by Carl Robinson, Ph.D., copyright 2004
Does organizational “virtuousness” pay? Does treating your employees with respect improve performance or just make them soft?
Some other questions I’ve heard include, “How do you help executives change their behavior when they have been successful being a jerk?” Why would they change their behavior if it has worked for them for so many years?
Judging by the current press on Tyco, Enron and World Com, etc., you’d believe most executives are crooks or jerks. However, most business people are honest and treat people with respect…they just don’t get the same press as a Martha Stewart does. Our media distorts the picture because it primarily reports what sells well…scandal. Can you imagine this front page headline: “X Company Receives Award for Being Virtuous and Successful.” Maybe once in a great while you’ll see something on a middle section but, as soon as Martha or “The Donald – You’re Fired,” reappear…off from even that page Virtuous Company X will go.
The answer to the question about how do you change behavior is, “it ain’t easy,” and I don’t mean to be flippant. It is hard work and requires sufficient motivation and dedication on the executive’s part. Motivation usually comes from either enlightened self-interest or fear, but usually both are necessary.
You have to use the carrot (enlightened self-interest) and the stick (fear) to get people to change entrenched behaviors. One very powerful carrot (and you have to use several usually) is to provide them with information/research that shows there is a better way. The stick, of course, is the threat of job loss which usually works as a prime motivator (except for some Microsoft millionaires who aren’t afraid to loose their jobs. “I don’t need this,” as one derailed MS executive said to me as he walked out of my office never to return).
The Carrot Approach
I want to concentrate on the carrot side of the equation for this briefing and summarize some recent research from Kim Cameron, Ph.D. at the University of Michigan Business School who found that “virtuous firms perform better.” One of my executive coaching clients introduced me to Dr. Cameron’s work after he learned about it at a leadership training sponsored by his company (refer to Dr. Cameron’s book through my website). Dr. Cameron’s research gives credence to the idea that if you treat people well and act with integrity, you should achieve higher performance (profitability). It’s a concept most people like to believe in yet the data supporting the assumption has been minimal. Dr. Cameron’s research gives ethical business practices hope. You don’t have to be a lying, conniving or abusive jerk to succeed.
Dr. Cameron found that companies perceived as trusting, compassionate and high in integrity perform better and have higher profits than less virtuous firms even when downsizing. “We found that a positive association exists between the extent to which organizations foster and facilitate virtuousness and the performance of organizations,” “Specifically, virtuous organizations perform significantly better on indicators such as profitability, customer satisfaction, quality, and so on.”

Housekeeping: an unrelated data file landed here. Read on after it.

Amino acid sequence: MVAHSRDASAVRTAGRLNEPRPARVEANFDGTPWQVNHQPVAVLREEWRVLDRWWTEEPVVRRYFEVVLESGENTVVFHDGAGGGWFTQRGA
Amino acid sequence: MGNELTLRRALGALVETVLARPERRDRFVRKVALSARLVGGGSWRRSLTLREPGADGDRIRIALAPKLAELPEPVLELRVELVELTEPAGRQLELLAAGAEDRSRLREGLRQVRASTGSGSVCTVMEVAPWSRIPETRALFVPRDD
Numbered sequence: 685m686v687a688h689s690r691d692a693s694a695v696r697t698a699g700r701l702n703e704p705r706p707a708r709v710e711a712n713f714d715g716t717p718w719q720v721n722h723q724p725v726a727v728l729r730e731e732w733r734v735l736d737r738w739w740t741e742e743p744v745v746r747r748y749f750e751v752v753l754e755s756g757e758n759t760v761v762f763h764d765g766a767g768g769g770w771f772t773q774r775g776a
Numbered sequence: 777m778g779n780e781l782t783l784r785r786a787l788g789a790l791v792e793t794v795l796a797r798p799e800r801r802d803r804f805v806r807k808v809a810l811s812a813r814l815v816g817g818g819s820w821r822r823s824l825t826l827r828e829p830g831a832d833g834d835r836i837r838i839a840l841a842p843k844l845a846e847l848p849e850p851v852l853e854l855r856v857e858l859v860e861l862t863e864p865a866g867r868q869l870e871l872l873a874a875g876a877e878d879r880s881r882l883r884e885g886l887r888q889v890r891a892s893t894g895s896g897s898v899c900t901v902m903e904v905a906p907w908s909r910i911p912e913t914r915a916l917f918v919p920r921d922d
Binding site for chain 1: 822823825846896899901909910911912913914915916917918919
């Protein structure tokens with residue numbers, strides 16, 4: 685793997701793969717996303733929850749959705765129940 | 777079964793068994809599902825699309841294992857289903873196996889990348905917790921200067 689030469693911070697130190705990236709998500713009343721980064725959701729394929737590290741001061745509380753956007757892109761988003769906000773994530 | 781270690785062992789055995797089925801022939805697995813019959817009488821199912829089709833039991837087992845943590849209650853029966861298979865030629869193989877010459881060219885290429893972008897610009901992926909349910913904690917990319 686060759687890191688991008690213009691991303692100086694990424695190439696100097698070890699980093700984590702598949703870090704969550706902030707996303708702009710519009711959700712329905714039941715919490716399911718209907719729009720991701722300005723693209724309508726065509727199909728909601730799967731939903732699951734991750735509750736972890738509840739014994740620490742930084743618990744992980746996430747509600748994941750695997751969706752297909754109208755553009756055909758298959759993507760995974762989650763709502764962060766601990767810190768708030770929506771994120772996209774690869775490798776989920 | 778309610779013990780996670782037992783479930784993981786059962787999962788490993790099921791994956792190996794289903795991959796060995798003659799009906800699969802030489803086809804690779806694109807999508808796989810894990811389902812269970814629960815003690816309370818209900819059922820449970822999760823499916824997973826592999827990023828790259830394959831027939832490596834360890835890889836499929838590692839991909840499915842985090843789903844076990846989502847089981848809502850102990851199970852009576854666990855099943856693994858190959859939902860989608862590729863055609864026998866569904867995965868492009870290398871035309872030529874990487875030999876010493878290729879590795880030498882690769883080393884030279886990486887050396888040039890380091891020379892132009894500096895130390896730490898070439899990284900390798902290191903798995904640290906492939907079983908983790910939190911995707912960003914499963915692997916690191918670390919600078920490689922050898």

In a study appearing in an upcoming issue of the journal American Behavioral Scientist, Cameron and colleagues, David Bright of Case Western Reserve University’s Weatherhead School of Management and Arran Caza of the Michigan Business School, developed a statistical model to measure organizational attributes and behaviors of more than 800 employees at 18 companies based mostly in the Midwest. The researchers found that higher levels of perceived organizational virtuousness — forgiveness, trust, integrity, optimism and compassion— are positively related to higher levels of real and perceived organizational performance when performance is compared with the industry average, best competitor, past improvement and stated goals.
“Our findings suggest that even in organizations expected to suffer from the deleterious effects of downsizing, a positive relationship exists between virtuousness and organizational performance,” Cameron said. “Performance does not deteriorate.”
Cameron and colleagues explain the impact of virtuousness on the following five measures of organizational performance:
- Innovation: Because exposure to virtuous behavior produces feelings of inspiration, awe, gratitude and other positive emotions, people broaden their interest in and accessibility to new ideas and information.
- Customer Retention: Customers are more effectively served and are more loyal to the organization when employees encounter positive experiences at work, such as caring, empowerment and various forms of virtuousness.
- Turnover: Virtuousness in organizations reduces turnover and fosters employee longevity.
- Quality: Exposure to virtuousness in organizations helps employees make better decisions; more effectively process information, support one another and, hence, make fewer quality errors.
- Profitability: Enhanced employee innovation, expanded social capital development, increases in pro-social behavior and the development of resiliency all serve as mechanisms by which organizations achieve profitability, even in the face of a downsizing environment.”
Key take-aways from the research:
Acting with honesty and integrity inspires higher performance and greater commitment from employees…and your customers. Net result…your company’s performance should be higher.